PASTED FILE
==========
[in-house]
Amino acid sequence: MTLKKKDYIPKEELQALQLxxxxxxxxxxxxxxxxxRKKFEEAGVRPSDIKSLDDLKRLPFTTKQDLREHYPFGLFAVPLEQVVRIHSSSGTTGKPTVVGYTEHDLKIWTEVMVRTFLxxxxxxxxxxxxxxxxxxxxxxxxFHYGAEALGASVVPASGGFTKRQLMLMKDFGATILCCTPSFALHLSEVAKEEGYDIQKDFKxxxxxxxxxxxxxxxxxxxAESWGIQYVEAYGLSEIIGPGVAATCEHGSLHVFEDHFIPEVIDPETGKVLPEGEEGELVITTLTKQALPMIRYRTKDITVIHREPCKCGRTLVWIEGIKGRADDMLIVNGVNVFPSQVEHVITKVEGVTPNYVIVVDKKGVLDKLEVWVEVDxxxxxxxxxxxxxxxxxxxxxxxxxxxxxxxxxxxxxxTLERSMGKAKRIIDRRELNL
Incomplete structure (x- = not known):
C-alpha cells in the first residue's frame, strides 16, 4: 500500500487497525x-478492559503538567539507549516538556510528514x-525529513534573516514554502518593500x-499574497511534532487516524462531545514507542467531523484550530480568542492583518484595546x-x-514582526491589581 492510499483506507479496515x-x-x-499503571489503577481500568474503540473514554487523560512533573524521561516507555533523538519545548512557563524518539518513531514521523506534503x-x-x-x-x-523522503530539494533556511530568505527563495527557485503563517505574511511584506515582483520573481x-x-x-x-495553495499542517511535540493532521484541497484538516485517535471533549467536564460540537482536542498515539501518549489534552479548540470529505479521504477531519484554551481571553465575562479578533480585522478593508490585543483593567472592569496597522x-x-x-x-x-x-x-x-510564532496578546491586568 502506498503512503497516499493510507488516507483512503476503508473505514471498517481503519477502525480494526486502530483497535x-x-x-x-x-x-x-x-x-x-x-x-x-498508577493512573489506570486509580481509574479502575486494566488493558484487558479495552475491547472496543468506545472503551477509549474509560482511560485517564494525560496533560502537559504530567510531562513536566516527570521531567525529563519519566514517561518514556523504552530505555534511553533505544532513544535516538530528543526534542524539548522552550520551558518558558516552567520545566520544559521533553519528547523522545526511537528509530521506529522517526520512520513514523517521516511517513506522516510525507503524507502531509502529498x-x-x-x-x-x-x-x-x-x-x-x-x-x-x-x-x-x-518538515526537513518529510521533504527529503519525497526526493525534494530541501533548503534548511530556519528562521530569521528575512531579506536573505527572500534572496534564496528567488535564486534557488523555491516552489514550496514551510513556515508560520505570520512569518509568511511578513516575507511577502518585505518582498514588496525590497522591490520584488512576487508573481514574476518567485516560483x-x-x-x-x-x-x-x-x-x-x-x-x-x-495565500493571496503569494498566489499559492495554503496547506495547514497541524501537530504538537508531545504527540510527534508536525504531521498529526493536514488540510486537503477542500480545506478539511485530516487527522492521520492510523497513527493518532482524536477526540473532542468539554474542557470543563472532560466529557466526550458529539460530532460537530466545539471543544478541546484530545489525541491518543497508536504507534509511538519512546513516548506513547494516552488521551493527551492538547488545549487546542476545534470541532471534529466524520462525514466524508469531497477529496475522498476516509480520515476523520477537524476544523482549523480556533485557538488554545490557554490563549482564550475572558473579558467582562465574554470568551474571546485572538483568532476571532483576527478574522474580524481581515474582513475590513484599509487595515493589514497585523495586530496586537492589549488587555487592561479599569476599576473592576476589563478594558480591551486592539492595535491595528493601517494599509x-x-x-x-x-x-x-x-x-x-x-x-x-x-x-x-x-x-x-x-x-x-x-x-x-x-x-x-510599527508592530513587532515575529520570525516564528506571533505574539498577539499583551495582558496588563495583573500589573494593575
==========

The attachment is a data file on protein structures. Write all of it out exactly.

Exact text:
[in-house]
Amino acid sequence: MTLKKKDYIPKEELQALQLxxxxxxxxxxxxxxxxxRKKFEEAGVRPSDIKSLDDLKRLPFTTKQDLREHYPFGLFAVPLEQVVRIHSSSGTTGKPTVVGYTEHDLKIWTEVMVRTFLxxxxxxxxxxxxxxxxxxxxxxxxFHYGAEALGASVVPASGGFTKRQLMLMKDFGATILCCTPSFALHLSEVAKEEGYDIQKDFKxxxxxxxxxxxxxxxxxxxAESWGIQYVEAYGLSEIIGPGVAATCEHGSLHVFEDHFIPEVIDPETGKVLPEGEEGELVITTLTKQALPMIRYRTKDITVIHREPCKCGRTLVWIEGIKGRADDMLIVNGVNVFPSQVEHVITKVEGVTPNYVIVVDKKGVLDKLEVWVEVDxxxxxxxxxxxxxxxxxxxxxxxxxxxxxxxxxxxxxxTLERSMGKAKRIIDRRELNL
Incomplete structure (x- = not known):
C-alpha cells in the first residue's frame, strides 16, 4: 500500500487497525x-478492559503538567539507549516538556510528514x-525529513534573516514554502518593500x-499574497511534532487516524462531545514507542467531523484550530480568542492583518484595546x-x-514582526491589581 492510499483506507479496515x-x-x-499503571489503577481500568474503540473514554487523560512533573524521561516507555533523538519545548512557563524518539518513531514521523506534503x-x-x-x-x-523522503530539494533556511530568505527563495527557485503563517505574511511584506515582483520573481x-x-x-x-495553495499542517511535540493532521484541497484538516485517535471533549467536564460540537482536542498515539501518549489534552479548540470529505479521504477531519484554551481571553465575562479578533480585522478593508490585543483593567472592569496597522x-x-x-x-x-x-x-x-510564532496578546491586568 502506498503512503497516499493510507488516507483512503476503508473505514471498517481503519477502525480494526486502530483497535x-x-x-x-x-x-x-x-x-x-x-x-x-498508577493512573489506570486509580481509574479502575486494566488493558484487558479495552475491547472496543468506545472503551477509549474509560482511560485517564494525560496533560502537559504530567510531562513536566516527570521531567525529563519519566514517561518514556523504552530505555534511553533505544532513544535516538530528543526534542524539548522552550520551558518558558516552567520545566520544559521533553519528547523522545526511537528509530521506529522517526520512520513514523517521516511517513506522516510525507503524507502531509502529498x-x-x-x-x-x-x-x-x-x-x-x-x-x-x-x-x-x-518538515526537513518529510521533504527529503519525497526526493525534494530541501533548503534548511530556519528562521530569521528575512531579506536573505527572500534572496534564496528567488535564486534557488523555491516552489514550496514551510513556515508560520505570520512569518509568511511578513516575507511577502518585505518582498514588496525590497522591490520584488512576487508573481514574476518567485516560483x-x-x-x-x-x-x-x-x-x-x-x-x-x-495565500493571496503569494498566489499559492495554503496547506495547514497541524501537530504538537508531545504527540510527534508536525504531521498529526493536514488540510486537503477542500480545506478539511485530516487527522492521520492510523497513527493518532482524536477526540473532542468539554474542557470543563472532560466529557466526550458529539460530532460537530466545539471543544478541546484530545489525541491518543497508536504507534509511538519512546513516548506513547494516552488521551493527551492538547488545549487546542476545534470541532471534529466524520462525514466524508469531497477529496475522498476516509480520515476523520477537524476544523482549523480556533485557538488554545490557554490563549482564550475572558473579558467582562465574554470568551474571546485572538483568532476571532483576527478574522474580524481581515474582513475590513484599509487595515493589514497585523495586530496586537492589549488587555487592561479599569476599576473592576476589563478594558480591551486592539492595535491595528493601517494599509x-x-x-x-x-x-x-x-x-x-x-x-x-x-x-x-x-x-x-x-x-x-x-x-x-x-x-x-510599527508592530513587532515575529520570525516564528506571533505574539498577539499583551495582558496588563495583573500589573494593575